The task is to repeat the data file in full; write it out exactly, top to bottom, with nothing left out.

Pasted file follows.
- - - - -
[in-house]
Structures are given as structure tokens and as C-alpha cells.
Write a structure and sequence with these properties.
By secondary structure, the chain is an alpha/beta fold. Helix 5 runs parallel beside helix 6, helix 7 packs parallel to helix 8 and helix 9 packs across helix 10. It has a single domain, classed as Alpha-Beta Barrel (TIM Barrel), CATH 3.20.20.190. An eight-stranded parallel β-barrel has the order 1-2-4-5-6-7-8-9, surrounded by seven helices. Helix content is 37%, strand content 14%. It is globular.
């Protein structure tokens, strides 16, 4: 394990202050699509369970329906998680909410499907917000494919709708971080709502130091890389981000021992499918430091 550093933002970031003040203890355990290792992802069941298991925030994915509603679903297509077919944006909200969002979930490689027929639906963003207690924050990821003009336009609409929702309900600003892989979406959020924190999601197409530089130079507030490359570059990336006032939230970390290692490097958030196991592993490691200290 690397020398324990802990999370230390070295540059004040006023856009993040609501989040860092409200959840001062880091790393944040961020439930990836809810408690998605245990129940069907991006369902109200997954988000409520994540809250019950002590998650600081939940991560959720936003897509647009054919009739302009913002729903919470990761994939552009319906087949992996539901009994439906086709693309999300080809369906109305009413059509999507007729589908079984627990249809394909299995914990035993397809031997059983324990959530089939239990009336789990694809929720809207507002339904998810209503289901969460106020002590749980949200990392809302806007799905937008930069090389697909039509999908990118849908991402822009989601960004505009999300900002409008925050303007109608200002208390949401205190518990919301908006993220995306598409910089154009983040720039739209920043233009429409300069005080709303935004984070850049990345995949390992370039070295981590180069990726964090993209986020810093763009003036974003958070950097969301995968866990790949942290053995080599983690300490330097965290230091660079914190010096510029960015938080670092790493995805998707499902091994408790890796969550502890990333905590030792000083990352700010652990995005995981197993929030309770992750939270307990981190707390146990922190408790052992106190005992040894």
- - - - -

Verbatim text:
[in-house]
Structures are given as structure tokens and as C-alpha cells.
Write a structure and sequence with these properties.
By secondary structure, the chain is an alpha/beta fold. Helix 5 runs parallel beside helix 6, helix 7 packs parallel to helix 8 and helix 9 packs across helix 10. It has a single domain, classed as Alpha-Beta Barrel (TIM Barrel), CATH 3.20.20.190. An eight-stranded parallel β-barrel has the order 1-2-4-5-6-7-8-9, surrounded by seven helices. Helix content is 37%, strand content 14%. It is globular.
């Protein structure tokens, strides 16, 4: 394990202050699509369970329906998680909410499907917000494919709708971080709502130091890389981000021992499918430091 550093933002970031003040203890355990290792992802069941298991925030994915509603679903297509077919944006909200969002979930490689027929639906963003207690924050990821003009336009609409929702309900600003892989979406959020924190999601197409530089130079507030490359570059990336006032939230970390290692490097958030196991592993490691200290 690397020398324990802990999370230390070295540059004040006023856009993040609501989040860092409200959840001062880091790393944040961020439930990836809810408690998605245990129940069907991006369902109200997954988000409520994540809250019950002590998650600081939940991560959720936003897509647009054919009739302009913002729903919470990761994939552009319906087949992996539901009994439906086709693309999300080809369906109305009413059509999507007729589908079984627990249809394909299995914990035993397809031997059983324990959530089939239990009336789990694809929720809207507002339904998810209503289901969460106020002590749980949200990392809302806007799905937008930069090389697909039509999908990118849908991402822009989601960004505009999300900002409008925050303007109608200002208390949401205190518990919301908006993220995306598409910089154009983040720039739209920043233009429409300069005080709303935004984070850049990345995949390992370039070295981590180069990726964090993209986020810093763009003036974003958070950097969301995968866990790949942290053995080599983690300490330097965290230091660079914190010096510029960015938080670092790493995805998707499902091994408790890796969550502890990333905590030792000083990352700010652990995005995981197993929030309770992750939270307990981190707390146990922190408790052992106190005992040894």